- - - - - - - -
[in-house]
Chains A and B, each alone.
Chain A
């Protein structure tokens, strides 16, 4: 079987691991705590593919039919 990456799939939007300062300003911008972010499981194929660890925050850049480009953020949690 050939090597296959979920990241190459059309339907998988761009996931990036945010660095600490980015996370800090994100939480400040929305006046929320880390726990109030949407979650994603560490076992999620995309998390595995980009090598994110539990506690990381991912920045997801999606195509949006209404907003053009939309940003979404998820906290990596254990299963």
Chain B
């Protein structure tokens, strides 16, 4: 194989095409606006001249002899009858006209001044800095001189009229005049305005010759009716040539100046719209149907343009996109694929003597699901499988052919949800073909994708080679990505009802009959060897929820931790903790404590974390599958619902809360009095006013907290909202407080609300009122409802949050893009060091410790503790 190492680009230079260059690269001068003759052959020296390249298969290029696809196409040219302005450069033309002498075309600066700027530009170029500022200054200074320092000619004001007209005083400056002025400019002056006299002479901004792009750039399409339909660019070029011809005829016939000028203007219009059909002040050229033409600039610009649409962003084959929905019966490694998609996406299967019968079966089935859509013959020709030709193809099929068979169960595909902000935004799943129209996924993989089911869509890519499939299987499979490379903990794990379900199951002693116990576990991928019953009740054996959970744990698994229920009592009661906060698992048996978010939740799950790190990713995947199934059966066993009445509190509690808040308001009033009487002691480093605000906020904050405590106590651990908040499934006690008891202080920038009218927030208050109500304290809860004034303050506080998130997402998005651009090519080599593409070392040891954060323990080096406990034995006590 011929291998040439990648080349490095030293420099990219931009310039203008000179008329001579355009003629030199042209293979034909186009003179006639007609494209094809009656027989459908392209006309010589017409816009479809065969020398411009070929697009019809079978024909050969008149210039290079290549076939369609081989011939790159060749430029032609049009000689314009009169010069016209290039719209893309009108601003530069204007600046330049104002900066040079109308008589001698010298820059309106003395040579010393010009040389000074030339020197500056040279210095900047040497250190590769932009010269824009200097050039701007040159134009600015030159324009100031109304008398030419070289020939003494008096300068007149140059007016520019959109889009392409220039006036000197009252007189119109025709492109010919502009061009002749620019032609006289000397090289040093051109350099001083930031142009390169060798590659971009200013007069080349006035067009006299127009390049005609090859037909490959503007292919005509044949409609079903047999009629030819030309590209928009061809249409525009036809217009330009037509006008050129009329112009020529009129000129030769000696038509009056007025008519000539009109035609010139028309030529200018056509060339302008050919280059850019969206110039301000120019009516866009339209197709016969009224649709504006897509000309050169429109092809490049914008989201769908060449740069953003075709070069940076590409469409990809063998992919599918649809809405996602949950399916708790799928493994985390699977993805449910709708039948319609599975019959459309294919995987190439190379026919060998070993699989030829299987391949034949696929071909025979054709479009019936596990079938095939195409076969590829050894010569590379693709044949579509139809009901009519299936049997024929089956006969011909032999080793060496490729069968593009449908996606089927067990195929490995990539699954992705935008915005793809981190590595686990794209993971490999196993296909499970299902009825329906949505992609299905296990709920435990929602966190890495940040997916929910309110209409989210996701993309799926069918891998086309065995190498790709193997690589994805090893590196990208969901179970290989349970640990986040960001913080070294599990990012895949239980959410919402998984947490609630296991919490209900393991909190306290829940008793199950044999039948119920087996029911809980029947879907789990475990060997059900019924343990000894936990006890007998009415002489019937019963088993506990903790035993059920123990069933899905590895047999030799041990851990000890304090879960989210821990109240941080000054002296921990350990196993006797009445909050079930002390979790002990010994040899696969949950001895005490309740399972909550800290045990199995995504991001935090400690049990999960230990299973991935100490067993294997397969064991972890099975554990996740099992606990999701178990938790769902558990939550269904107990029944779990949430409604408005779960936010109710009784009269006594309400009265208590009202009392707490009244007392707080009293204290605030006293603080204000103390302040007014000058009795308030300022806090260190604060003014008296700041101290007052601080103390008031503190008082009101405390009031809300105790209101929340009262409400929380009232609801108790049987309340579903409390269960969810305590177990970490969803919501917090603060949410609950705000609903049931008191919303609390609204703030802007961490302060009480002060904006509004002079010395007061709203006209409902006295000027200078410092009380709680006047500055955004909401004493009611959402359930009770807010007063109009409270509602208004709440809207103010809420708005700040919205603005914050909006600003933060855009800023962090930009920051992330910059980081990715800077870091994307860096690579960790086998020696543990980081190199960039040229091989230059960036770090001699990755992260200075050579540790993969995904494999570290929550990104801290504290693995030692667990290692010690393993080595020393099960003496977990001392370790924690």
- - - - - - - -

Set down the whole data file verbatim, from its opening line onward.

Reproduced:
[in-house]
Chains A and B, each alone.
Chain A
């Protein structure tokens, strides 16, 4: 079987691991705590593919039919 990456799939939007300062300003911008972010499981194929660890925050850049480009953020949690 050939090597296959979920990241190459059309339907998988761009996931990036945010660095600490980015996370800090994100939480400040929305006046929320880390726990109030949407979650994603560490076992999620995309998390595995980009090598994110539990506690990381991912920045997801999606195509949006209404907003053009939309940003979404998820906290990596254990299963």
Chain B
């Protein structure tokens, strides 16, 4: 194989095409606006001249002899009858006209001044800095001189009229005049305005010759009716040539100046719209149907343009996109694929003597699901499988052919949800073909994708080679990505009802009959060897929820931790903790404590974390599958619902809360009095006013907290909202407080609300009122409802949050893009060091410790503790 190492680009230079260059690269001068003759052959020296390249298969290029696809196409040219302005450069033309002498075309600066700027530009170029500022200054200074320092000619004001007209005083400056002025400019002056006299002479901004792009750039399409339909660019070029011809005829016939000028203007219009059909002040050229033409600039610009649409962003084959929905019966490694998609996406299967019968079966089935859509013959020709030709193809099929068979169960595909902000935004799943129209996924993989089911869509890519499939299987499979490379903990794990379900199951002693116990576990991928019953009740054996959970744990698994229920009592009661906060698992048996978010939740799950790190990713995947199934059966066993009445509190509690808040308001009033009487002691480093605000906020904050405590106590651990908040499934006690008891202080920038009218927030208050109500304290809860004034303050506080998130997402998005651009090519080599593409070392040891954060323990080096406990034995006590 011929291998040439990648080349490095030293420099990219931009310039203008000179008329001579355009003629030199042209293979034909186009003179006639007609494209094809009656027989459908392209006309010589017409816009479809065969020398411009070929697009019809079978024909050969008149210039290079290549076939369609081989011939790159060749430029032609049009000689314009009169010069016209290039719209893309009108601003530069204007600046330049104002900066040079109308008589001698010298820059309106003395040579010393010009040389000074030339020197500056040279210095900047040497250190590769932009010269824009200097050039701007040159134009600015030159324009100031109304008398030419070289020939003494008096300068007149140059007016520019959109889009392409220039006036000197009252007189119109025709492109010919502009061009002749620019032609006289000397090289040093051109350099001083930031142009390169060798590659971009200013007069080349006035067009006299127009390049005609090859037909490959503007292919005509044949409609079903047999009629030819030309590209928009061809249409525009036809217009330009037509006008050129009329112009020529009129000129030769000696038509009056007025008519000539009109035609010139028309030529200018056509060339302008050919280059850019969206110039301000120019009516866009339209197709016969009224649709504006897509000309050169429109092809490049914008989201769908060449740069953003075709070069940076590409469409990809063998992919599918649809809405996602949950399916708790799928493994985390699977993805449910709708039948319609599975019959459309294919995987190439190379026919060998070993699989030829299987391949034949696929071909025979054709479009019936596990079938095939195409076969590829050894010569590379693709044949579509139809009901009519299936049997024929089956006969011909032999080793060496490729069968593009449908996606089927067990195929490995990539699954992705935008915005793809981190590595686990794209993971490999196993296909499970299902009825329906949505992609299905296990709920435990929602966190890495940040997916929910309110209409989210996701993309799926069918891998086309065995190498790709193997690589994805090893590196990208969901179970290989349970640990986040960001913080070294599990990012895949239980959410919402998984947490609630296991919490209900393991909190306290829940008793199950044999039948119920087996029911809980029947879907789990475990060997059900019924343990000894936990006890007998009415002489019937019963088993506990903790035993059920123990069933899905590895047999030799041990851990000890304090879960989210821990109240941080000054002296921990350990196993006797009445909050079930002390979790002990010994040899696969949950001895005490309740399972909550800290045990199995995504991001935090400690049990999960230990299973991935100490067993294997397969064991972890099975554990996740099992606990999701178990938790769902558990939550269904107990029944779990949430409604408005779960936010109710009784009269006594309400009265208590009202009392707490009244007392707080009293204290605030006293603080204000103390302040007014000058009795308030300022806090260190604060003014008296700041101290007052601080103390008031503190008082009101405390009031809300105790209101929340009262409400929380009232609801108790049987309340579903409390269960969810305590177990970490969803919501917090603060949410609950705000609903049931008191919303609390609204703030802007961490302060009480002060904006509004002079010395007061709203006209409902006295000027200078410092009380709680006047500055955004909401004493009611959402359930009770807010007063109009409270509602208004709440809207103010809420708005700040919205603005914050909006600003933060855009800023962090930009920051992330910059980081990715800077870091994307860096690579960790086998020696543990980081190199960039040229091989230059960036770090001699990755992260200075050579540790993969995904494999570290929550990104801290504290693995030692667990290692010690393993080595020393099960003496977990001392370790924690």